So instead of trying to estimate tasks yourself, ask a friend or coworker to come up with an estimate for you. While we tend to be optimistic about our own abilities to complete tasks quickly, we're much more pragmatic when it comes to figuring out how long it will take someone else to complete a task.
3. Estimate in Ranges, or Build in Time for Delays
There's a Donald Rumsfeld quote that's referenced a lot in project management:
There are known knowns; there are things we know we know. We also know there are known unknowns; that is to say we know there are some things we do not know. But there are also unknown unknowns—the ones we don't know we don't know.
When estimating any task or project, you have to take all of these things into account. There are things you know will happen, things you know could happen, and things you never once considered might happen.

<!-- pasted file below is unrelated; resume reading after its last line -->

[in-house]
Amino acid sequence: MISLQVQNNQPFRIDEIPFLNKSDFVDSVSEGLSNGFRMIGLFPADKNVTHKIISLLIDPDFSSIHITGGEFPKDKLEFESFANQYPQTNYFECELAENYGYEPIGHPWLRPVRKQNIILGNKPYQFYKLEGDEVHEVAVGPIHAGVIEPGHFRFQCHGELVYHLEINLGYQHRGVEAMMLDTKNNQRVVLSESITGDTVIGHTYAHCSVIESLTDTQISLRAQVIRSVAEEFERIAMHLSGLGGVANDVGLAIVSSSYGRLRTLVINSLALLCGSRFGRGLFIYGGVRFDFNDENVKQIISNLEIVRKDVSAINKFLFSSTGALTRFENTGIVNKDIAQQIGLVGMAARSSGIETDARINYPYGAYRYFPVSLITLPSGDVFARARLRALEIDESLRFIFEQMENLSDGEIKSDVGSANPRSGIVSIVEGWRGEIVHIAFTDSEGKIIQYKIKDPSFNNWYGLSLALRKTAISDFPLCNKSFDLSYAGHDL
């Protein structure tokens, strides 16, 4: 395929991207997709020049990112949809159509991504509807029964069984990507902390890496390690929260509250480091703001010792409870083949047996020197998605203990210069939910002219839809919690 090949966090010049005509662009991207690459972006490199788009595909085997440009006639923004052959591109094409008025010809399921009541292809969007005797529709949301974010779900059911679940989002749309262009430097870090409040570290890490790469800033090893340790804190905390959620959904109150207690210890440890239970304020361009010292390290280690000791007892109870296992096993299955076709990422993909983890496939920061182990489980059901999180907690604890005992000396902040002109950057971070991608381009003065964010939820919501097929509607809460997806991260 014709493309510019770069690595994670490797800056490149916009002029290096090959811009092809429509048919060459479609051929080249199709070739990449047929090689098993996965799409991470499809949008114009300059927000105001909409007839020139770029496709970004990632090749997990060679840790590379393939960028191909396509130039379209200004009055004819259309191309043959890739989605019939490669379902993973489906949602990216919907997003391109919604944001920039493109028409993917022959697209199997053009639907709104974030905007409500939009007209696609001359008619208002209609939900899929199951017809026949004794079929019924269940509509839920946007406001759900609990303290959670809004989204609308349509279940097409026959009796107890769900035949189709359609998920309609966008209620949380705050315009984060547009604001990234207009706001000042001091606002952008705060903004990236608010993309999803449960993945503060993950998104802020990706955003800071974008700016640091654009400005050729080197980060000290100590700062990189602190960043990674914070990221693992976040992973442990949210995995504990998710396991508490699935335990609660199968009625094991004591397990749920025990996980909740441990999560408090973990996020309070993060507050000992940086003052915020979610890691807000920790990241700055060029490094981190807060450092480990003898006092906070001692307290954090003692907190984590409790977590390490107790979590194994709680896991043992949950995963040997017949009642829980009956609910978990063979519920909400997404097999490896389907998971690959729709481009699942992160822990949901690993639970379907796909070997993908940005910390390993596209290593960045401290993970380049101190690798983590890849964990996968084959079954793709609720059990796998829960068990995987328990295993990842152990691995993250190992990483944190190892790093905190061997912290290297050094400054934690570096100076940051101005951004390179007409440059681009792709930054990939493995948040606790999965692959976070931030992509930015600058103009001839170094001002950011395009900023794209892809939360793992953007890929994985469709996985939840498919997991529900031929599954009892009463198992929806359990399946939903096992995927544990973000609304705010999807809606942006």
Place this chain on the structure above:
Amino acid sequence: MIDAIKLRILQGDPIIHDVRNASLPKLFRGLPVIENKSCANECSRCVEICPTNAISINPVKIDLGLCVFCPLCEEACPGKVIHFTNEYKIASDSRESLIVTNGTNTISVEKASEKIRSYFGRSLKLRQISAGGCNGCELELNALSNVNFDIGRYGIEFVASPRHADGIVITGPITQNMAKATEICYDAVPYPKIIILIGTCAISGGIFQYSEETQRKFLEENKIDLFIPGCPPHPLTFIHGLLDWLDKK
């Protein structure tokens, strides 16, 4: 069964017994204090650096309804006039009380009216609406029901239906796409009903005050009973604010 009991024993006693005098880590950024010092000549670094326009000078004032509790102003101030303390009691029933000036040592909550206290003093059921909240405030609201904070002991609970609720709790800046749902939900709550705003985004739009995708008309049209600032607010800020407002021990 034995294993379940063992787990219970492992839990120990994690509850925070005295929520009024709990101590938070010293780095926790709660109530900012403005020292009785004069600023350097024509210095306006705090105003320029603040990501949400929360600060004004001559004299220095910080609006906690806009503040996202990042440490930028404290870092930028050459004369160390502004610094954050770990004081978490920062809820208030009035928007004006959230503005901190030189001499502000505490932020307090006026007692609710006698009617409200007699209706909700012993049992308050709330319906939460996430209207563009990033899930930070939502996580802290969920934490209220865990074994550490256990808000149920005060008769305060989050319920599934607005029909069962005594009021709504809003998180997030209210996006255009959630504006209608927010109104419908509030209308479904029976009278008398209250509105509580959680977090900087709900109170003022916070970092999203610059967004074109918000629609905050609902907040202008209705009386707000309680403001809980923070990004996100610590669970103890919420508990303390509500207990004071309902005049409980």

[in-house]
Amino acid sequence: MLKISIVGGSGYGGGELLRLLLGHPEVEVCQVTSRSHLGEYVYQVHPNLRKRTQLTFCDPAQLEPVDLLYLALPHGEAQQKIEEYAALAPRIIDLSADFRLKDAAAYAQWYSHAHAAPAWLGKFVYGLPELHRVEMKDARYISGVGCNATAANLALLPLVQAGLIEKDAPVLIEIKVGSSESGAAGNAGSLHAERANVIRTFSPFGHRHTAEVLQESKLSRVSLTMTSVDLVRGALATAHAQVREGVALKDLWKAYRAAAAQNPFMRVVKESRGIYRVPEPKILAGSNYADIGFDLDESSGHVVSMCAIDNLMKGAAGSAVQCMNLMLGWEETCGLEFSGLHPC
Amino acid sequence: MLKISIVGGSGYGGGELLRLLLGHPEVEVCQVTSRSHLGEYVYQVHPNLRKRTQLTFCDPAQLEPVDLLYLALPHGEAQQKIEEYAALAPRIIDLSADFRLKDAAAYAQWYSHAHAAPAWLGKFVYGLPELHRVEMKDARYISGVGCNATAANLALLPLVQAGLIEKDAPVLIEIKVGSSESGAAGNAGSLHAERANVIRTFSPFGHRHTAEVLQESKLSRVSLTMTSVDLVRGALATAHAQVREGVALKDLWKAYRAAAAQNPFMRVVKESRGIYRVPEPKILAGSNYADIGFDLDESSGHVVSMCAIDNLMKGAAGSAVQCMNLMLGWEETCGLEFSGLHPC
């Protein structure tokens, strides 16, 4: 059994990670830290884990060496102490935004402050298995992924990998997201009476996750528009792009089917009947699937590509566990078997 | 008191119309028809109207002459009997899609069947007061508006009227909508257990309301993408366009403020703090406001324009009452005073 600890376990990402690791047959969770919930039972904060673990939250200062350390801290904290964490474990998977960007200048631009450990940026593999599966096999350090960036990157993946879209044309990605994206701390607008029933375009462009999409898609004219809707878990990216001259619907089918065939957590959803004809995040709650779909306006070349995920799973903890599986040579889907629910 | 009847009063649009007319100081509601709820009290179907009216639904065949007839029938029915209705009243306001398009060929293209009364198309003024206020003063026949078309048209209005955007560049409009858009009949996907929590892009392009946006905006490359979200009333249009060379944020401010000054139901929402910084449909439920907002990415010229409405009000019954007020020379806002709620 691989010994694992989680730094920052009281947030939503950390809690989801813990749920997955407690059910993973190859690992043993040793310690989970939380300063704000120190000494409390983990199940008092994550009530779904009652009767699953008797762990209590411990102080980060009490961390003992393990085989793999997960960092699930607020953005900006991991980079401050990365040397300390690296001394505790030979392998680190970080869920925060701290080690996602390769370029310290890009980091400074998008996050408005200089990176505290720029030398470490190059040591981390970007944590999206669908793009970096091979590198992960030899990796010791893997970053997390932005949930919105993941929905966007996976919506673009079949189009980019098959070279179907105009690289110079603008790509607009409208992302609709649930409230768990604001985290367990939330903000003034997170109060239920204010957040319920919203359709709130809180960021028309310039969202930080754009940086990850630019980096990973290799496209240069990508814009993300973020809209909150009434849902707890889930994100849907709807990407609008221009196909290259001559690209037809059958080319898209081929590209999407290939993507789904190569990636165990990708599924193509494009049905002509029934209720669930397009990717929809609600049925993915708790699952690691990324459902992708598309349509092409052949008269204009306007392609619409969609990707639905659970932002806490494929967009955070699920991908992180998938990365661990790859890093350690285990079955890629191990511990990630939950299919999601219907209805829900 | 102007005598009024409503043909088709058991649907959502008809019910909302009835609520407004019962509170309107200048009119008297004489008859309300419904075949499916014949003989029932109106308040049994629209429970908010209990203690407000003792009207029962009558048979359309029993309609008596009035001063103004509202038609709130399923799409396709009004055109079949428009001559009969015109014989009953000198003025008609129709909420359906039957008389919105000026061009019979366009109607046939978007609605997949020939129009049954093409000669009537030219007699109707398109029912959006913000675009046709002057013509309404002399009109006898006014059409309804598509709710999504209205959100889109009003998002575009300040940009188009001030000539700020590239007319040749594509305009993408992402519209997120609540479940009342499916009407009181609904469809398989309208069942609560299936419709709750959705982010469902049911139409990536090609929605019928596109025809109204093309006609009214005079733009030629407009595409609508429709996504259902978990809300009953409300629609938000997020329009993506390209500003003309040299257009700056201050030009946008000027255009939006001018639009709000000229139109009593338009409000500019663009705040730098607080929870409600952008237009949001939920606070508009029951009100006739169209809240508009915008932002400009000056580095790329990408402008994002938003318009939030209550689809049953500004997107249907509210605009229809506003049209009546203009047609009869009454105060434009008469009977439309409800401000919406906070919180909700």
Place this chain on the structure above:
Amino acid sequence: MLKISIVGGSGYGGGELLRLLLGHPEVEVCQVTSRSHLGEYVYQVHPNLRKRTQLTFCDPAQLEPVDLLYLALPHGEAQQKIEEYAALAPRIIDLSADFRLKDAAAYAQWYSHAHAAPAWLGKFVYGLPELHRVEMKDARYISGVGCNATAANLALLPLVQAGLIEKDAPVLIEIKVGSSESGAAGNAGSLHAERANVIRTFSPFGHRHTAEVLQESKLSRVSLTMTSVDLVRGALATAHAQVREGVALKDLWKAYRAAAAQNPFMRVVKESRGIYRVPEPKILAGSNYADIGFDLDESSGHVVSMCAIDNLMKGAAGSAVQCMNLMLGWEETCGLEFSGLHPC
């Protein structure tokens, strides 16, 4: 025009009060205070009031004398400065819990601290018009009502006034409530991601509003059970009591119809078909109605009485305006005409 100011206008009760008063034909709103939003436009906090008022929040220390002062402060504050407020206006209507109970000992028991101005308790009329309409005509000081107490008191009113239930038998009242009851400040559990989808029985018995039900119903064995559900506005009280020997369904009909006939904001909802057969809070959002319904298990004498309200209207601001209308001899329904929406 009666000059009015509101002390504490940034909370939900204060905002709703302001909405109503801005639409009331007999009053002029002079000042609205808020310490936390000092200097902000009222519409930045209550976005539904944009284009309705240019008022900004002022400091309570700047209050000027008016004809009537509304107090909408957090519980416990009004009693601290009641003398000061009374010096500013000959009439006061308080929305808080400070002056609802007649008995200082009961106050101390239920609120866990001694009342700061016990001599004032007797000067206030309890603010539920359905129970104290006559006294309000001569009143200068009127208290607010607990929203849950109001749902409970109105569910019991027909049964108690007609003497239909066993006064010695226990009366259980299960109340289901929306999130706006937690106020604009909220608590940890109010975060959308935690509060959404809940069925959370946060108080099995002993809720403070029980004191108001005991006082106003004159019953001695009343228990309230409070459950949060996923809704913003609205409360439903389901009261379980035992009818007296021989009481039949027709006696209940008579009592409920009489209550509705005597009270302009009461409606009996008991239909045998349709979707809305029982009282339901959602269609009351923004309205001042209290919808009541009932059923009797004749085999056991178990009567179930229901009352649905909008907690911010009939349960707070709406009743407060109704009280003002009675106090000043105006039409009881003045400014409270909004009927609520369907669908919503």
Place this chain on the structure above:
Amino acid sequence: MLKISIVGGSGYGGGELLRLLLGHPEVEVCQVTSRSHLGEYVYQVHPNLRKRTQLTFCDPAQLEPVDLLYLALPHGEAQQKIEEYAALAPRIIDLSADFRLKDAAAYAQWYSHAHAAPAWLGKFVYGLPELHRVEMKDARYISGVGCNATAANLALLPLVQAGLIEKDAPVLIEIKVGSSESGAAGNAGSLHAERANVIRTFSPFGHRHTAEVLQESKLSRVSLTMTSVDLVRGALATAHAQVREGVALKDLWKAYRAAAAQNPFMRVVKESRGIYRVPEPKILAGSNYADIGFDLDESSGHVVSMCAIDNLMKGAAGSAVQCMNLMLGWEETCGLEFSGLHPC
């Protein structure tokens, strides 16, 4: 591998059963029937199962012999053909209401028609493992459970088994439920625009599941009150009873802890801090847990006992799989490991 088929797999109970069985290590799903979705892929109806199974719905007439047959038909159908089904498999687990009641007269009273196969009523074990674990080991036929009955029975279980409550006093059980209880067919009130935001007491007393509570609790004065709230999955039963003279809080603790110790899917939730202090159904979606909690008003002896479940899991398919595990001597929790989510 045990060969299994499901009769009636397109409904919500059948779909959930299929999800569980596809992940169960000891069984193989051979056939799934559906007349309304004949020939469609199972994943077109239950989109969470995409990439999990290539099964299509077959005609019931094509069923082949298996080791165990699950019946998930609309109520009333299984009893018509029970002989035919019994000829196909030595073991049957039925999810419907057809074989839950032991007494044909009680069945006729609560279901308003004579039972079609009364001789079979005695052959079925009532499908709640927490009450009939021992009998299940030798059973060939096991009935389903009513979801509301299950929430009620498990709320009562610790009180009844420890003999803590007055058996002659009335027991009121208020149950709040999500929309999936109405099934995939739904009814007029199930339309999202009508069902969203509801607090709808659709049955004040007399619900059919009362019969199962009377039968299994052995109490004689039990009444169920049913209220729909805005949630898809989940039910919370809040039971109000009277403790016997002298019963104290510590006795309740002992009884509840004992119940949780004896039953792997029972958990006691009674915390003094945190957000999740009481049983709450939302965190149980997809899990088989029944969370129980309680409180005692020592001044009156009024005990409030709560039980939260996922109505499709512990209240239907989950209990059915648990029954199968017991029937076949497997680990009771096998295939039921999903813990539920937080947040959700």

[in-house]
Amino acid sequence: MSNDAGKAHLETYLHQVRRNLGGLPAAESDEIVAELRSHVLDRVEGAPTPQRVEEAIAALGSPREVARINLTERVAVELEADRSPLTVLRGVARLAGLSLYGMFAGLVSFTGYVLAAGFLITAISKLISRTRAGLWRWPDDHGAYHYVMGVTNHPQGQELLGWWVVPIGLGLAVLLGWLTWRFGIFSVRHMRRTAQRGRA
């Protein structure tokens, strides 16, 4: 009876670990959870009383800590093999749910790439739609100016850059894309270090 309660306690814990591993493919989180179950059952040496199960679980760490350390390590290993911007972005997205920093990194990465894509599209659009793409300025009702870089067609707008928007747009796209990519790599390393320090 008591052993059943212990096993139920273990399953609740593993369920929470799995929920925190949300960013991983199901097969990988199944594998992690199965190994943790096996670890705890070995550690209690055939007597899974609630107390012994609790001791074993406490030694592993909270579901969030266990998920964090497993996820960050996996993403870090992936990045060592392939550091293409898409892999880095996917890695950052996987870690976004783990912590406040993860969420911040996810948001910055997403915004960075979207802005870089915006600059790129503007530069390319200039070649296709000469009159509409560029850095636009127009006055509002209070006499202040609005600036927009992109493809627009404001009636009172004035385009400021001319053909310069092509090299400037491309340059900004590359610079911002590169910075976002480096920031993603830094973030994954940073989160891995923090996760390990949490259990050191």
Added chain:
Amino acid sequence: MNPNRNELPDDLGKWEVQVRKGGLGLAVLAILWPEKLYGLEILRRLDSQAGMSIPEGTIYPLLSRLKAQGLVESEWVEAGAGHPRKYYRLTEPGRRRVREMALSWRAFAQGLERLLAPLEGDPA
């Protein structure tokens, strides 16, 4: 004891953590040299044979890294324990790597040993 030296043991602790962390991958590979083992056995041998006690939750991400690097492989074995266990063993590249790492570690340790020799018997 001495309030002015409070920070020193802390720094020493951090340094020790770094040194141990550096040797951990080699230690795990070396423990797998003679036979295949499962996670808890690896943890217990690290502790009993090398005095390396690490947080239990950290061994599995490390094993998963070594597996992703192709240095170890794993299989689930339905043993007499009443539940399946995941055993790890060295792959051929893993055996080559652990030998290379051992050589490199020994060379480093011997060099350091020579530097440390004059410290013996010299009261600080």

To account for this ambiguity and form better estimates, project managers sometimes use the Cone of Uncertainty:
The Cone of Uncertainty is designed to represent the range of variability an estimate can have based on when you provide the estimate. At the beginning of a project when you know very little, the actual time it takes to complete the project might be anywhere from one-fourth to four times your estimate. So if you think a project will take two days, it might realistically take half a day or eight days.
But as you start working on the project, you learn more, and that range shrinks. Still, it's not until the very end—when you've completed the project—that you can say with certainty exactly how long it will take.
The Cone of Uncertainty provides another couple of options for developing more realistic and accurate estimates.
First, by plotting the stage you feel you're in on the cone, you can develop a ranged estimate. If you know very little about what the project entails, divide your estimate by four to get the low end of your range, and multiply it by four to get the high end of your range. Then, provide a ranged estimate (e.g., I believe it will take between one and 16 days).
If you don't think a range will be acceptable, you can use the high end of the range (e.g., I think it will take 16 days) to account for unknowns. After all, your original estimate was probably optimistic in the first place.